The receiver we use for our observations, ALFA (more details here), is back in use after being out of commission for a month and a half for service. ALFA was put back into place at the beginning of the month and has been working ever since; we’ve been observing over the last two weeks and things seem to be mostly working.

Servicing ALFA is no simple task. You want to get the receiver into the shop so that it can be tinkered and twiddled with easily, but it’s installed in a dome that is suspended 400 ft above the dish of the telescope and kept chilled to very cold temperatures (well below freezing). You want to have a very good reason for needing to service the receiver. There’s the hassle of uninstalling and reinstalling the receiver, but also the risk that every time you let it warm up to room temperature when it’s in the shop that it might not cool back down without breaking. Then there’s also all of the observing time you lose while the receiver is in the shop. (Of course, Arecibo was still being used for observations, it’s just that any of the projects using ALFA – including us – couldn’t observe.) In this case, ALFA was taken down for servicing because several programs that use the receiver needed it be to improved and tweaked a little bit so that they could actually make the observations they wanted.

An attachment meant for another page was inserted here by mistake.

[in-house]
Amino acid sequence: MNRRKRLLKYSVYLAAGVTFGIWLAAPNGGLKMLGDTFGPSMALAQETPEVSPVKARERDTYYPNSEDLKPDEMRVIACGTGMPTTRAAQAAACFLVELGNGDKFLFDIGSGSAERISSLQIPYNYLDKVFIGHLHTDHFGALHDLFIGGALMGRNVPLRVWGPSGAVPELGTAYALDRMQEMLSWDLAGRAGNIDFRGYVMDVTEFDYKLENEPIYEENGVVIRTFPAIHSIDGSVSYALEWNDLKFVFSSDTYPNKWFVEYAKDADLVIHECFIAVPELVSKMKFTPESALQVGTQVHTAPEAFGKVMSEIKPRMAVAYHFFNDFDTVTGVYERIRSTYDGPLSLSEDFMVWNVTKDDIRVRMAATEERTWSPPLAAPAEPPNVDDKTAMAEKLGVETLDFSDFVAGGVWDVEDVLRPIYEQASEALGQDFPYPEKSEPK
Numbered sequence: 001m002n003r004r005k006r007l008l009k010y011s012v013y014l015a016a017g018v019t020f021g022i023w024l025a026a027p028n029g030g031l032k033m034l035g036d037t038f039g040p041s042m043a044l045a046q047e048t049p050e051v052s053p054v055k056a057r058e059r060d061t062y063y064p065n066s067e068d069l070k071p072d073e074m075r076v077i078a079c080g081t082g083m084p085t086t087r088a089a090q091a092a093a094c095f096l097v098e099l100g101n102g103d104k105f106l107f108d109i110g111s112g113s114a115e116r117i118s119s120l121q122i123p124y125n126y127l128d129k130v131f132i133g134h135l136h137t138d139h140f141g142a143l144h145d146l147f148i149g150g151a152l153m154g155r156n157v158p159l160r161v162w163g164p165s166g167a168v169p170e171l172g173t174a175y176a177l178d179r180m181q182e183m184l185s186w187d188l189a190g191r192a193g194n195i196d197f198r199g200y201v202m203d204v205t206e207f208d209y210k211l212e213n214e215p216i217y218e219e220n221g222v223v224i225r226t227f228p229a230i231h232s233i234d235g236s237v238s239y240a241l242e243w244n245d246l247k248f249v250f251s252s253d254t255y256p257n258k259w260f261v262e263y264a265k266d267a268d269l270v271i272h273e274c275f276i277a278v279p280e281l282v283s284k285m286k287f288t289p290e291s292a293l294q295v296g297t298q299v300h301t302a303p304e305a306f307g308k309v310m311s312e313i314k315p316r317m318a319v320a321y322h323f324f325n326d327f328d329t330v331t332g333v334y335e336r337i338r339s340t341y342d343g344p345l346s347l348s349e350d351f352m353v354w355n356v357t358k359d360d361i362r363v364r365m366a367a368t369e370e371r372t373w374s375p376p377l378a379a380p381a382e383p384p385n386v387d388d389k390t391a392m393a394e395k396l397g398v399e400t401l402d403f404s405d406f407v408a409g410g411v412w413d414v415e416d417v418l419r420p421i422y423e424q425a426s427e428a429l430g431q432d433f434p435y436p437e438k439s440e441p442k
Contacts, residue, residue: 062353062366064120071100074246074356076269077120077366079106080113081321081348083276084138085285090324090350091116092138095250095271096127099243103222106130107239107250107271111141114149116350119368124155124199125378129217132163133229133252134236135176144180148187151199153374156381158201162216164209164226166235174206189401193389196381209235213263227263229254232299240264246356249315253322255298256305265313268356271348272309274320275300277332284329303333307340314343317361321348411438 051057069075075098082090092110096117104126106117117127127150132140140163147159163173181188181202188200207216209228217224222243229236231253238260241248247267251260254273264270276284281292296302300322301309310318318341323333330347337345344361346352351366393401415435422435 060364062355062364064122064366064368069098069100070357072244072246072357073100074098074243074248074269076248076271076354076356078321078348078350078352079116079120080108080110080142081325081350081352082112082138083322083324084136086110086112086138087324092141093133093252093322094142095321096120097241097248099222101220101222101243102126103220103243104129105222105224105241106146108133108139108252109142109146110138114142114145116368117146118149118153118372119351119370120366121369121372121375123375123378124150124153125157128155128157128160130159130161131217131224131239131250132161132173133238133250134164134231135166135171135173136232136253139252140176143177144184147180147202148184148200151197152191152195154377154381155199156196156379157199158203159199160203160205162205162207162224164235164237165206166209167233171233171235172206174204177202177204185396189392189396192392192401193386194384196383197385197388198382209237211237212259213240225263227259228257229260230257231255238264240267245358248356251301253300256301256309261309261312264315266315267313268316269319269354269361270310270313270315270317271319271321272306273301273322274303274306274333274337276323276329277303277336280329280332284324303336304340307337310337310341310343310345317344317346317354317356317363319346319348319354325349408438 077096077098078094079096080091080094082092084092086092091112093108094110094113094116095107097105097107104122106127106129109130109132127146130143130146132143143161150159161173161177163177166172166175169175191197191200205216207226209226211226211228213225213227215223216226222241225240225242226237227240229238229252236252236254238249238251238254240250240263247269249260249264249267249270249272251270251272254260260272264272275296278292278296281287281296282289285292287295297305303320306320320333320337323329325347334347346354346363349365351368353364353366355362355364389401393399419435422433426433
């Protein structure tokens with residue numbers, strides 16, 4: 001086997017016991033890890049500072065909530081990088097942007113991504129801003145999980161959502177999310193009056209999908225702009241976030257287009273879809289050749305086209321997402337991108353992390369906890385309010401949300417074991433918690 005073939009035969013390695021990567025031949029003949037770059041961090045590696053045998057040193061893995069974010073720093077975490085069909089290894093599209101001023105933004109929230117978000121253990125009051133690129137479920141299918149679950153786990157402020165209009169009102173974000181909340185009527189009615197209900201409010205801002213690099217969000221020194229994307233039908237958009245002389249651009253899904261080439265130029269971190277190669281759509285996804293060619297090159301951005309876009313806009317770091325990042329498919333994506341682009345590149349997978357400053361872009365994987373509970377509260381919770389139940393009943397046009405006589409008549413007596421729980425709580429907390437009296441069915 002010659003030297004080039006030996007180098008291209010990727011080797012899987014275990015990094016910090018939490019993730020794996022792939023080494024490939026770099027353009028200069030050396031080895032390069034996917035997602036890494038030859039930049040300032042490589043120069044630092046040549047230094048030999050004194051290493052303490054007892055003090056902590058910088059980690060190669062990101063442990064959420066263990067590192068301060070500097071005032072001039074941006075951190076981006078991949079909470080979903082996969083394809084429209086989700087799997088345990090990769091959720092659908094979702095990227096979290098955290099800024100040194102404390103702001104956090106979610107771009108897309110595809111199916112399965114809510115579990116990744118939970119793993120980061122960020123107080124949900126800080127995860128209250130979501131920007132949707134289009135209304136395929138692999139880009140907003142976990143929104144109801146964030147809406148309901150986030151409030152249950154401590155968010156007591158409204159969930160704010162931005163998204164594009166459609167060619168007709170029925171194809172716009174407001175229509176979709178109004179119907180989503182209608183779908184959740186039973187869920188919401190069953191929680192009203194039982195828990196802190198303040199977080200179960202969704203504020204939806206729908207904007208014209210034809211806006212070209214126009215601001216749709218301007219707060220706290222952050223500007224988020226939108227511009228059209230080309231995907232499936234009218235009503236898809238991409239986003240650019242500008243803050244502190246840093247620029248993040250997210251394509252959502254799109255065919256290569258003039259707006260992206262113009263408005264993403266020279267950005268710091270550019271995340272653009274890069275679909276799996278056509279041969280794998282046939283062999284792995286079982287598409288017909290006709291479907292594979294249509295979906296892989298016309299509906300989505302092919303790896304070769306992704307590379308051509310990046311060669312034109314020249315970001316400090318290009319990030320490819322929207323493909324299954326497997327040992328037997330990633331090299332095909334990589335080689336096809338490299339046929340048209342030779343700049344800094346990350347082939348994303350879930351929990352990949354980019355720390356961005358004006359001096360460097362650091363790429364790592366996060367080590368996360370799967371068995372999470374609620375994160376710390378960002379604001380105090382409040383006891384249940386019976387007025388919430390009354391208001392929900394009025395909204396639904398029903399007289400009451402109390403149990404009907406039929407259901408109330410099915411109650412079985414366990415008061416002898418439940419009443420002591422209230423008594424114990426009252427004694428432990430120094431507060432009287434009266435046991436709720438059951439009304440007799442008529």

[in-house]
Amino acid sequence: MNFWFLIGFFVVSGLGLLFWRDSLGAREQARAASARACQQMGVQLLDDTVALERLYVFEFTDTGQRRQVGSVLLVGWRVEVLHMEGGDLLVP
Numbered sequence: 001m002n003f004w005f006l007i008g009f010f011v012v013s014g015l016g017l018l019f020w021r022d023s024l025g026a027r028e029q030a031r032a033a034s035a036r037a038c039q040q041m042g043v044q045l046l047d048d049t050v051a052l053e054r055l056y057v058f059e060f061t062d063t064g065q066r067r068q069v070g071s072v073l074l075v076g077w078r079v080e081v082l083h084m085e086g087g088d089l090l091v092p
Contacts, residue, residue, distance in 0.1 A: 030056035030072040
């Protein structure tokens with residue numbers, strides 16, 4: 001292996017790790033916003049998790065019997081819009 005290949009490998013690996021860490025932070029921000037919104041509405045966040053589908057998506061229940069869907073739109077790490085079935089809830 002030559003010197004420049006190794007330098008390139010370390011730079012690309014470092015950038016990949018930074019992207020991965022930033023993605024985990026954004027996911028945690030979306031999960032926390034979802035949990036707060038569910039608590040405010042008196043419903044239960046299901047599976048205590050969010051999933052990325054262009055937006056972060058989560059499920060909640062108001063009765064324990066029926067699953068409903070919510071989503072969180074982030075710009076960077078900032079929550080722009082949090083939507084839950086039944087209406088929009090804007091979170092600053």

Unfortunately, like with everything, once you fix one problem, another appears. In this case, one of the beams of ALFA has been acting up. Fortunately, it seems like this isn’t a problem that will require ALFA coming off the telescope again to fix. Instead, it seems to be something that can be fixed while ALFA is installed in the dome, allowing the problem to be worked on during telescope maintenance time without impacting observations.

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